The world held its breath when Ridley Scott spectacularly decided to re-shoot all of Kevin Spacey’s scenes in All The Money In The World. The actor of course was facing allegations of decades of sexual assault. The decision to re-shoot and replace Spacey with Christopher Plummer was an expensive one; it was going to cost AUD $13.2 million – a quarter of the film’s budget. At the time, Michelle Williams who also starred in the film said “When they asked me to reshoot, I said: ‘Absolutely I will do it and if you need the salary back, I will give it to you.”
“I am angry for the people that [Spacey] hurt; I am angry on their behalf,” she continued. “A movie is less important than a human life, so they are who my heart goes out to because the tyranny of abuse is that it’s always about [the perpetrators]… But sometimes a brick hits you on the head and you are like, ‘Ow. That hurt,’ but I am glad that the thing is falling down.”
Williams’ co-star Mark Wahlberg demanded $2 million to re-shoot, money he later donated to charity. Williams made less than $1000 for her time, a sure-fire sign of her values – and 0.4 per cent of that of Wahlberg’s. Fellow actress Jessica Chastain tweeted her disdain at the disparity at the time.
“I heard for the reshoot [Williams] got $80 a day compared to [Wahlberg’s] millions,” Chastain tweeted. “Would anyone like to clarify? I really hope that with everything coming to light, she was paid fairly. She’s a brilliant actress and is wonderful in the film.”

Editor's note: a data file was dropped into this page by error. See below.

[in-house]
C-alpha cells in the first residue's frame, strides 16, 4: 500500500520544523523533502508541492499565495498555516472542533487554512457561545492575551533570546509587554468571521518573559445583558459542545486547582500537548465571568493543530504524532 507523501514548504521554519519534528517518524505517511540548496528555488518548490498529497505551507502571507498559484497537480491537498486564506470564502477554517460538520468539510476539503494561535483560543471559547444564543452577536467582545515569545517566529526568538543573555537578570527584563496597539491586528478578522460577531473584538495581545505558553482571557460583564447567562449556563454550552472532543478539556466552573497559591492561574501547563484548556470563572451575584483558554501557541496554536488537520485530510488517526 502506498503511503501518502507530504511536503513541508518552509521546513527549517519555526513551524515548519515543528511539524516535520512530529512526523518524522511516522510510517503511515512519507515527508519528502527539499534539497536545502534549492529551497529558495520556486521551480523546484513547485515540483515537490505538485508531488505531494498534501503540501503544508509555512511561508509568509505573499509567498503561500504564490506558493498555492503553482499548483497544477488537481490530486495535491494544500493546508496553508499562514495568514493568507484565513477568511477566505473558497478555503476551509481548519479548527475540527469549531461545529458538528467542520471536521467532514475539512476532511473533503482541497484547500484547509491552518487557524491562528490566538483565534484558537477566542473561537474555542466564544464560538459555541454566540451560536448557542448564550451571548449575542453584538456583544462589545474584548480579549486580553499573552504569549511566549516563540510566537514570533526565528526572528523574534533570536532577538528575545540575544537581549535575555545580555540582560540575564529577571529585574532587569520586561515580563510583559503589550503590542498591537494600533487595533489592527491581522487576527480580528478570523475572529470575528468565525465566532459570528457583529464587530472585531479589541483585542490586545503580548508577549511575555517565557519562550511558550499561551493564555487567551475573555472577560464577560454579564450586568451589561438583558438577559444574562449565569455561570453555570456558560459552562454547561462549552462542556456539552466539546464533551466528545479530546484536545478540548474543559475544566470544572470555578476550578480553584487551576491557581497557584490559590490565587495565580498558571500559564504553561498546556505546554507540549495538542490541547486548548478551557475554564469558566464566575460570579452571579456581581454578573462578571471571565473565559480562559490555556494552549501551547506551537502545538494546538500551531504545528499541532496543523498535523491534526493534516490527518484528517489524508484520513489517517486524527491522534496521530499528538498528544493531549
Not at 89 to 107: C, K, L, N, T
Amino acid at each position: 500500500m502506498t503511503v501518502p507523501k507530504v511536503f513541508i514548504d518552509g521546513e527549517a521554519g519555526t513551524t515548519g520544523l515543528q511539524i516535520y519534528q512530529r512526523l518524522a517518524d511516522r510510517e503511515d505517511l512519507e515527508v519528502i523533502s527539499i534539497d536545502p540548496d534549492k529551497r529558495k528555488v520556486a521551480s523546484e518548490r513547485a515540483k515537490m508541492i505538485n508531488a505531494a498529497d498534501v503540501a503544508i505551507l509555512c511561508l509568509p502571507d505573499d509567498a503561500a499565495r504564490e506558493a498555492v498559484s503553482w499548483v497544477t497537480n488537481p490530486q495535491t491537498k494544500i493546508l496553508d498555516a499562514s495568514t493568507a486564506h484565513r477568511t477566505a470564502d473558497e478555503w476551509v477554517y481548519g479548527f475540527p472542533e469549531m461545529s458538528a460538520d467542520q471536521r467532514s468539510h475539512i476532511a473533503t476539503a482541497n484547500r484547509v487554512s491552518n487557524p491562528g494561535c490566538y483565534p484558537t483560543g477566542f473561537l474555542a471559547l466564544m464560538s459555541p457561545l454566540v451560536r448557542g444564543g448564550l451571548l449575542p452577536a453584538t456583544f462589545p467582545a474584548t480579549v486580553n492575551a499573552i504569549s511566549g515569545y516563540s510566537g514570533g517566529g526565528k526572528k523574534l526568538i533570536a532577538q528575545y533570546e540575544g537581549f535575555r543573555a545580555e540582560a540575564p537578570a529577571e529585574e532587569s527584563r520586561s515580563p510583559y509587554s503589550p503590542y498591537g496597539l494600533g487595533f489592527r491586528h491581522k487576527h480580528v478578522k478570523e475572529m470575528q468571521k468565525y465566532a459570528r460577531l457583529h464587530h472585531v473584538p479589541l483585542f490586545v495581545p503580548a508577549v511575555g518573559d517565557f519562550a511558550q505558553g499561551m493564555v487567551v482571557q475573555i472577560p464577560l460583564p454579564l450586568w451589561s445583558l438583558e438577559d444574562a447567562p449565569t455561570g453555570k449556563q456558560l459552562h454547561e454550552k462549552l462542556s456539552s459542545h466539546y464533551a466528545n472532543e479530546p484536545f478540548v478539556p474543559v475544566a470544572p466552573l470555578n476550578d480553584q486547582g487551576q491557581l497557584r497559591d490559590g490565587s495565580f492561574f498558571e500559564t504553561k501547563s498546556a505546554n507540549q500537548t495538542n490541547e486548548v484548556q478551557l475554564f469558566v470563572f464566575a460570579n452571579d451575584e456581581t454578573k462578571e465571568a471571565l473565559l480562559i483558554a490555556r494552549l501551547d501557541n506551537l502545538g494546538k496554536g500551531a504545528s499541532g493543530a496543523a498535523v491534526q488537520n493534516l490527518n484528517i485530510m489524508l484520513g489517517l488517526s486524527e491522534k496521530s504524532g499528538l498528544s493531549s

At a rally on Capitol Hill on Tuesday, the actress said she now is finally getting paid equally to her male co-stars and is getting handshakes, instead of creepy hugs. The 30-year-old spoke alongside House Speaker Nancy Pelosi for “Equal Pay Day” – a day in the states dedicated to women earning as much as men in the same role. On the soapbox, she addressed the All The Money In The World pay saga. “Guess what? No one cared. This came as no surprise to me,” Williams recalled. “It simply reinforced my life long belief that equality is not an inalienable right. And that women would always be working just as hard for less money while shouldering more responsibility in their homes,” she said. “If it’s this way for me — a white woman in a glamorised — how were my sisters suffering across their professions?”
Williams did say, however, that things were looking up.
“Rather than being grasped too tightly or hugged for too long at the morning meeting my hand was shaken and I was looked squarely in the eye as I was welcome to my Monday morning,” Williams said. “I realised this is actually what it feels like to be on the inside, to be one of the boys. And on the job I completed two weeks ago – let me tell you something – I was paid equally as my male co-stars.”